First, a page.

Petroz reports two cases of one-sided paralysis of the face with distortion of the mouth and difficulty in speaking, after exposure to cold wind. They were both cured by Cadmium sulphuratum.
Crawling sensations, numbness and pain in the paralysed parts are characteristic. There is numbness in particular parts of the body, e. g. the nose, the head, the thighs.
The nasal symptoms are accentuated in Clarke’s Dictionary. He says: ‘No remedy has served me better in cases of ozaena and polypus.’
Margery Blackie recommends the remedy for rheumatic pains at the top of the spine. She says, ‘I am always surprised how well it works, especially if they point to one particular point and they say that that is what hurts them.’
Chill, amounting to icy coldness, which is not better when standing near a fire, is an important general symptom.
Cadmium sulphuratum is useful when sweat is checked after exposure to a draught of air. Ailments come on from vexation, from a fit of passion, or from cold winds; on waking from sleep, in open air, in a draught, in cool weather; in the sunshine; when climbing stairs.
Symptoms are worse from cold air, open air, arising from bed in the morning, from the least motion, in the morning after sleep, from walking, after grief, after vexation, after stimulants (alcohol, coffee etc.).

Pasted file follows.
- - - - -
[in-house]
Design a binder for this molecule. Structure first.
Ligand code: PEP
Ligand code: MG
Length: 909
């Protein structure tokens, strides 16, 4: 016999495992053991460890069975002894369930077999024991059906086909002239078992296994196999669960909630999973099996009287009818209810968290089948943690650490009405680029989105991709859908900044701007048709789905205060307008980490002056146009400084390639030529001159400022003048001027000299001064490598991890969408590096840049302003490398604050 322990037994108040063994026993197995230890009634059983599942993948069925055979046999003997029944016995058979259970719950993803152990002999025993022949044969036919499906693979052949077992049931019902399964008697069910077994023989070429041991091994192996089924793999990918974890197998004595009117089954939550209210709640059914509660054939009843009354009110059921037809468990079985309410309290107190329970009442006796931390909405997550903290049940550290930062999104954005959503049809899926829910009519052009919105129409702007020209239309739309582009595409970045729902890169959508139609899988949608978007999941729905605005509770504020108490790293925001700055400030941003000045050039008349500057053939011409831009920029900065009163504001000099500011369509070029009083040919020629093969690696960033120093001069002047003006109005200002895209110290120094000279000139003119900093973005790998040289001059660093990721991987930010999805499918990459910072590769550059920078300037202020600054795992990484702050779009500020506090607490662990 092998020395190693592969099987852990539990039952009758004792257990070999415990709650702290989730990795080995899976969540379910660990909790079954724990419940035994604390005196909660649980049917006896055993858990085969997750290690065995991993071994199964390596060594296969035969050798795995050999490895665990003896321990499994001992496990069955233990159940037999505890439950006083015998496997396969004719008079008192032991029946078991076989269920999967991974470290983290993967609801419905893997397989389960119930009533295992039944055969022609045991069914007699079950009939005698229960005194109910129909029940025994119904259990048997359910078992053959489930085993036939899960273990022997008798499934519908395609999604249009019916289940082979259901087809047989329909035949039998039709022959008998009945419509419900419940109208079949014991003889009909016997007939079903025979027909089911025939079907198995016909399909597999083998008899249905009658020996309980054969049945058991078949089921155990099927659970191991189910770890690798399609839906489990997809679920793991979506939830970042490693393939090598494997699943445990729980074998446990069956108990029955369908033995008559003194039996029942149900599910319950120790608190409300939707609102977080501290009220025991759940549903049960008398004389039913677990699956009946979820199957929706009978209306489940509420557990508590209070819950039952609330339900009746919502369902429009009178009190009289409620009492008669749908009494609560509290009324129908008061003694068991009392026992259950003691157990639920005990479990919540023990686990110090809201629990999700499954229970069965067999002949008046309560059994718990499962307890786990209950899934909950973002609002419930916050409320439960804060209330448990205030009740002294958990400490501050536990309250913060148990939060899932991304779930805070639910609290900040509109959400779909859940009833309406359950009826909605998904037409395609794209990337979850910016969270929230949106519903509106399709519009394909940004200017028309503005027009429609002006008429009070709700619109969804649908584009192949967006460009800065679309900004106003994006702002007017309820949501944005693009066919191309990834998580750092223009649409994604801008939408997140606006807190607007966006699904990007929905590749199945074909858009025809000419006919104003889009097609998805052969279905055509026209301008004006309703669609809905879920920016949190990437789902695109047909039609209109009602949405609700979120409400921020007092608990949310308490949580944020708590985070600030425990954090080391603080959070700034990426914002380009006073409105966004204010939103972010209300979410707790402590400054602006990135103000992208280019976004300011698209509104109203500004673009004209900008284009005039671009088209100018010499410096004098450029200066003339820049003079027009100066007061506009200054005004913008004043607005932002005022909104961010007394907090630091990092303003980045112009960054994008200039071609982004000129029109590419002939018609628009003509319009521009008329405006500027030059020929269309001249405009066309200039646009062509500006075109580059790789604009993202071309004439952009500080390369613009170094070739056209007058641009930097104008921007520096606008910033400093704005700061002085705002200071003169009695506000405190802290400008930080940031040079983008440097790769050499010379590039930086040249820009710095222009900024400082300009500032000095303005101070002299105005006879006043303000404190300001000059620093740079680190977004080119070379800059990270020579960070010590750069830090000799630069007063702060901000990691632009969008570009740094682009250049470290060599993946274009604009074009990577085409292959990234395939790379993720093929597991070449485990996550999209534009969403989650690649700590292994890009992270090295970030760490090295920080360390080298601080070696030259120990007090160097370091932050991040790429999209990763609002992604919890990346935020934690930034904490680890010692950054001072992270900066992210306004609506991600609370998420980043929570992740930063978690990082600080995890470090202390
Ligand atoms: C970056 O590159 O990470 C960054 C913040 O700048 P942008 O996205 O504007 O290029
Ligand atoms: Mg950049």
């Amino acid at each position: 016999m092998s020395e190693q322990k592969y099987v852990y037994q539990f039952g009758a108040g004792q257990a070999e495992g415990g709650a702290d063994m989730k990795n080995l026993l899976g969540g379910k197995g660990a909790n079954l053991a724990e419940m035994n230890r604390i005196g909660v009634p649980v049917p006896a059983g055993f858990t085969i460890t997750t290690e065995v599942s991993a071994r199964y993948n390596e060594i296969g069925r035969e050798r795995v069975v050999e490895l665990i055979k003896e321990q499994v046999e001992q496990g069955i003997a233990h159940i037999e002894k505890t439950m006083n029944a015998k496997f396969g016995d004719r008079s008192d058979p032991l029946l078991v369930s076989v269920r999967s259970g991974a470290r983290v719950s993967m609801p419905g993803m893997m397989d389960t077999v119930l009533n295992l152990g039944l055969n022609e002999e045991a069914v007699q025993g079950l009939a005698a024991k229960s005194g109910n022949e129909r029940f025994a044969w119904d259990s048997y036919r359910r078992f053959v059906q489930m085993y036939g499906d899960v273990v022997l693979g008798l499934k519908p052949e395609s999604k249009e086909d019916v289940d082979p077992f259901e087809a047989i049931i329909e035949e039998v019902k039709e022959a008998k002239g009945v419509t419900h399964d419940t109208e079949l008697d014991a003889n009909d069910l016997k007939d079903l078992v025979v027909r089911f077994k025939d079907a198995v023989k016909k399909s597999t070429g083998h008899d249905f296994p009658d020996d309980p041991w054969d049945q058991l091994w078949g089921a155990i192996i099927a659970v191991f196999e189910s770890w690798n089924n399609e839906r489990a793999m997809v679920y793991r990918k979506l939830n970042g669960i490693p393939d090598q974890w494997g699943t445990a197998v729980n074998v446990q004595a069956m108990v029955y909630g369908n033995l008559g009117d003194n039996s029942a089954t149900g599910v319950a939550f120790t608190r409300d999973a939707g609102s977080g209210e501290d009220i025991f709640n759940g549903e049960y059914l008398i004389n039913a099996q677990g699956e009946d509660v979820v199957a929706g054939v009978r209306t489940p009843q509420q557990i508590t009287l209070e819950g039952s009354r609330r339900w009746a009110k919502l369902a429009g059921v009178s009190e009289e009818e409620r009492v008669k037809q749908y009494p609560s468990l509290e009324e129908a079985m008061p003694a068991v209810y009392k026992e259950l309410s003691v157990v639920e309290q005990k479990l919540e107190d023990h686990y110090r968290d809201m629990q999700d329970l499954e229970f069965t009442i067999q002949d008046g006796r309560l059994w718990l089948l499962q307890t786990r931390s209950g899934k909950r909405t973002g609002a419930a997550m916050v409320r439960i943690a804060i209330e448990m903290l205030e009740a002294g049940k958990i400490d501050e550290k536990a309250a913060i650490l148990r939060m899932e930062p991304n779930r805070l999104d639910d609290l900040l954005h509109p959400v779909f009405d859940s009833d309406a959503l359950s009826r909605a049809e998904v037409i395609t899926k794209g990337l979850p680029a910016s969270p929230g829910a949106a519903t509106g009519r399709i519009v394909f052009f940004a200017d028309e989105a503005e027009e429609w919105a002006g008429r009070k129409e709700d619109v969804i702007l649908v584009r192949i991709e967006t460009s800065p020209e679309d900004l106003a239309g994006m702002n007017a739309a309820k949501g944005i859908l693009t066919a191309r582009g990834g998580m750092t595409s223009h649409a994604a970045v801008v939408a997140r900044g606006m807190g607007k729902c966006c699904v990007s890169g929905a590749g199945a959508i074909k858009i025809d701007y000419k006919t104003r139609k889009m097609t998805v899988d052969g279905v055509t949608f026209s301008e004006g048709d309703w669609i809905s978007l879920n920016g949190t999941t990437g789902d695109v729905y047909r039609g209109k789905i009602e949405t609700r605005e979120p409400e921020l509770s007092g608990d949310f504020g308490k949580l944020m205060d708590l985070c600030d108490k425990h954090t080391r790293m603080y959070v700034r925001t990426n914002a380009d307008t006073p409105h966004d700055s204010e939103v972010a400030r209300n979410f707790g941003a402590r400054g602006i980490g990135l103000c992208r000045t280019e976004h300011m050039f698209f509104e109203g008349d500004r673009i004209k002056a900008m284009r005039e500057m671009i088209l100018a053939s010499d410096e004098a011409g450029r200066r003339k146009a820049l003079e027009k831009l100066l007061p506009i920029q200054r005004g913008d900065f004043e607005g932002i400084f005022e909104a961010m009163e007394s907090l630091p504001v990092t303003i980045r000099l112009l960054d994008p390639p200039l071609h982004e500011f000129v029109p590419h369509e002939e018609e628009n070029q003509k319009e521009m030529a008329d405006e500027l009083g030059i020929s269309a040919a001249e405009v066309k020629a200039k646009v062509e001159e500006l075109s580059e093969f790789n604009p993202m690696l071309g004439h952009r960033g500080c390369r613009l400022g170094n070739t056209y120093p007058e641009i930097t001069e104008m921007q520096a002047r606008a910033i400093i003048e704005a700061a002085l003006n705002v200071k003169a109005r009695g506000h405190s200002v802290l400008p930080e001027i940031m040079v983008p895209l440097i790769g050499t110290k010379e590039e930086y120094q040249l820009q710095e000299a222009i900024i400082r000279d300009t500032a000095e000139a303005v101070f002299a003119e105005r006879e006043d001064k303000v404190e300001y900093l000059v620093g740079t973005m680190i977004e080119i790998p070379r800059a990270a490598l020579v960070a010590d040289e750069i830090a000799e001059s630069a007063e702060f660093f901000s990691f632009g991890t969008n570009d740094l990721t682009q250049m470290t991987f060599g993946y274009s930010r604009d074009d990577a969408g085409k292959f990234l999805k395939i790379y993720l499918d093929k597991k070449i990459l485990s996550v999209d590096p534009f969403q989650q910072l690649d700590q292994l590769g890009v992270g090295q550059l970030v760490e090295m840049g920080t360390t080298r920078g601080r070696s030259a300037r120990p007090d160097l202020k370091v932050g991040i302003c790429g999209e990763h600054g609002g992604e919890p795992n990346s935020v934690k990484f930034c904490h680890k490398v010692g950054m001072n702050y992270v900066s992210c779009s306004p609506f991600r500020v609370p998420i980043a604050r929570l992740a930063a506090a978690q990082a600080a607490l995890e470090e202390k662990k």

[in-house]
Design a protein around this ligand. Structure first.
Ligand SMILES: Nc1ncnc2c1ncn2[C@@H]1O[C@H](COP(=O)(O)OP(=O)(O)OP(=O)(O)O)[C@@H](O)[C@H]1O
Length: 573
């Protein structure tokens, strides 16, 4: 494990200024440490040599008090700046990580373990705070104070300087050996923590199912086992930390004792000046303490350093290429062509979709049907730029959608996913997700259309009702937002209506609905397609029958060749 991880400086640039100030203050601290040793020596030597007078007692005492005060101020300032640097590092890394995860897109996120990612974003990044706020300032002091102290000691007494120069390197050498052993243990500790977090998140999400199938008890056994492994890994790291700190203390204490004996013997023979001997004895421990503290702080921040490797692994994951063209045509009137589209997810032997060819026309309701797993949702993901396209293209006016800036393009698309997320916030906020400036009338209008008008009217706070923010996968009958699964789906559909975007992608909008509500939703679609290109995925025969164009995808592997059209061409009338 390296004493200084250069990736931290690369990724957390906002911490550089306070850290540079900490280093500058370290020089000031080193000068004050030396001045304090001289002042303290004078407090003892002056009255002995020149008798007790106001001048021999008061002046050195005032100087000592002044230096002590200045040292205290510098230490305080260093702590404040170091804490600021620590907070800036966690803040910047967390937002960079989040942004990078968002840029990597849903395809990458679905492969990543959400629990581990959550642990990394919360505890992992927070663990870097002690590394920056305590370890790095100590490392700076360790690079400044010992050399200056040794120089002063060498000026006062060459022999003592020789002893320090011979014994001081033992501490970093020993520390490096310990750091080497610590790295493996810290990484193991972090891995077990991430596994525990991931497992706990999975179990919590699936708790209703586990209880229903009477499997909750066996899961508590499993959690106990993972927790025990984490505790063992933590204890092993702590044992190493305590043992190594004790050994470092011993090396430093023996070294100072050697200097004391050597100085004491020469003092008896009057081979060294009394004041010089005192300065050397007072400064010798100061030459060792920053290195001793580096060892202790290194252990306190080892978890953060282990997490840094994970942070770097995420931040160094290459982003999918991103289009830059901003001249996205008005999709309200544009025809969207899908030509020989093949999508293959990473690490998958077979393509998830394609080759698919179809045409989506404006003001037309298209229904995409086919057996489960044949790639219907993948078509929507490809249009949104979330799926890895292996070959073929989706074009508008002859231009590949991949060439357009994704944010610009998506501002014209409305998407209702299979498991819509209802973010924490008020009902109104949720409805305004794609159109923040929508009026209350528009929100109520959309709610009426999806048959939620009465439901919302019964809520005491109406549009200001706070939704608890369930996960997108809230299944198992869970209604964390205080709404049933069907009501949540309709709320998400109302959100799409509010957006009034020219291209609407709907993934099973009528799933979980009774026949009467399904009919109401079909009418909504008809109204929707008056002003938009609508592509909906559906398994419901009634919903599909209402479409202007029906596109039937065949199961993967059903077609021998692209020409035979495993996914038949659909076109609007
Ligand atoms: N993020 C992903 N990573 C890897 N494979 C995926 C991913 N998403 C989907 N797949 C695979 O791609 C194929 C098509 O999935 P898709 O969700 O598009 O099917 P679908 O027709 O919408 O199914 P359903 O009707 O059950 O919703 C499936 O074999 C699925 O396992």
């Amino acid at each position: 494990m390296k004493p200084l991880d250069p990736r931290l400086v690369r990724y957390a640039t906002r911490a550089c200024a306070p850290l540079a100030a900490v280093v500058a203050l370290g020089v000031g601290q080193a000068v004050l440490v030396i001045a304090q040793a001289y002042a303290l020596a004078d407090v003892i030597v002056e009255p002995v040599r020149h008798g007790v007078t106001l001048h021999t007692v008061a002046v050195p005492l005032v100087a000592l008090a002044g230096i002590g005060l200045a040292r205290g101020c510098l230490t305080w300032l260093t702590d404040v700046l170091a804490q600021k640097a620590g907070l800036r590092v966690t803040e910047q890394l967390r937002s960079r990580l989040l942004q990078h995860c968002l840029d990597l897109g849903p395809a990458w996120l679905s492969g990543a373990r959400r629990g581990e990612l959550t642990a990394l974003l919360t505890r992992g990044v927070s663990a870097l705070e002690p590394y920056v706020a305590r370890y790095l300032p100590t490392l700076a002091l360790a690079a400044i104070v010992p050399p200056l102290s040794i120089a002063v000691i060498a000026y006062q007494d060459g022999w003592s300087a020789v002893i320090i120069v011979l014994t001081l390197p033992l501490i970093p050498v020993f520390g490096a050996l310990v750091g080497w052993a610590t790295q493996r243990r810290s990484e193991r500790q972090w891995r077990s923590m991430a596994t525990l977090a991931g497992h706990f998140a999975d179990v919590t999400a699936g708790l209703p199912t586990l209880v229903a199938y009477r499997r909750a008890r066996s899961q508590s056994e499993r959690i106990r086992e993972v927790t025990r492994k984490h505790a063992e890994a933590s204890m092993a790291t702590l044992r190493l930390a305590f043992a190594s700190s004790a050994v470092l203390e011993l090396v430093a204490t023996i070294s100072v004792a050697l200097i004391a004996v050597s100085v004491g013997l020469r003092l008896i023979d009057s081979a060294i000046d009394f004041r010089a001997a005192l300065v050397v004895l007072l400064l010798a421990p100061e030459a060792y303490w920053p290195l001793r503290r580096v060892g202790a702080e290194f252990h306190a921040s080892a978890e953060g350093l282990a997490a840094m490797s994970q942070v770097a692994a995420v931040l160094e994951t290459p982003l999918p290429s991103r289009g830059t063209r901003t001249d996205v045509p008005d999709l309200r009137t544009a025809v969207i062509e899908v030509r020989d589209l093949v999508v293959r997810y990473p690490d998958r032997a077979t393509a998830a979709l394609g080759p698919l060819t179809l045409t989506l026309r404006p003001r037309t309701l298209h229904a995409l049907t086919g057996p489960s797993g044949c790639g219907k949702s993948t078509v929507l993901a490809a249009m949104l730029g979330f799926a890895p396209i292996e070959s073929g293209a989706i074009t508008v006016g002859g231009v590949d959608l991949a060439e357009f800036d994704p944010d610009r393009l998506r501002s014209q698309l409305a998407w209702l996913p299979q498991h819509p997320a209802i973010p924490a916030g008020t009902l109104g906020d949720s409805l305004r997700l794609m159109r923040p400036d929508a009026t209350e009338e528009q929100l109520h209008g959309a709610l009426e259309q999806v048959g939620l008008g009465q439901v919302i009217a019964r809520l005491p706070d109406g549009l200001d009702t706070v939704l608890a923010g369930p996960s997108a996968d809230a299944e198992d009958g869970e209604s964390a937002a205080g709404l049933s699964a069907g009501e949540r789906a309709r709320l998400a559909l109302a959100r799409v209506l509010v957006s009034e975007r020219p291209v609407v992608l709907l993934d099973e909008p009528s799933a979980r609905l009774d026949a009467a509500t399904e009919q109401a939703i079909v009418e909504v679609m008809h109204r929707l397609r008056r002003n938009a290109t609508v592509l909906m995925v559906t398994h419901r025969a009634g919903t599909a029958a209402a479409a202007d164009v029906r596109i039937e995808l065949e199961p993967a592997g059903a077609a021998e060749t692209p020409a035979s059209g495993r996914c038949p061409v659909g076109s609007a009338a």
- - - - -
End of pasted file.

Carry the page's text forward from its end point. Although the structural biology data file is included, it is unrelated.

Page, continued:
In particular, the pains in the stomach and abdomen are aggravated as mentioned above, by walking and by carrying heavy things.
The symptoms force the person to rest. There is a general amelioration from eating. Two more keynotes of the remedy are smiling and moaning in sleep and anxiety before stool.
Vertigo – the bed and room seem to spin around.
Sensations of constriction, stitches and hammering in the head, pulsation in the temples.
‘It is not so often called for in ordinary headaches, but in headaches occurring in the low forms of fever, with great rush of blood to the head.’ (Kent) The headache may be accompanied by restlessness, anxiety, icy coldness of the body, nosebleed, trembling of the jaw, constriction of the throat, thirst, nausea, and vomiting.
Tightness at the root of the nose, pressure above the eyes. Herpes on the temples.
Opacity of the cornea connected with slow forms of eye affection, inflammations and blennorhoic disorders. Swelling of the conjunctiva that remains after blennorrhoic disorder.
Maculae on the cornea, as a result of injuries to the eyes.
Chronic conjunctivitis with discharge, the eyes become sore again with every cold spell or change of weather.
The lids may swell and become paralysed and drooping; there is an inability to close the eyes in one-sided paralysis of the face. One pupil is dilated and the other contracted. Is unable to read small type, night blindness.
Ozaena; old nasal catarrh which slowly destroys the nasal bones.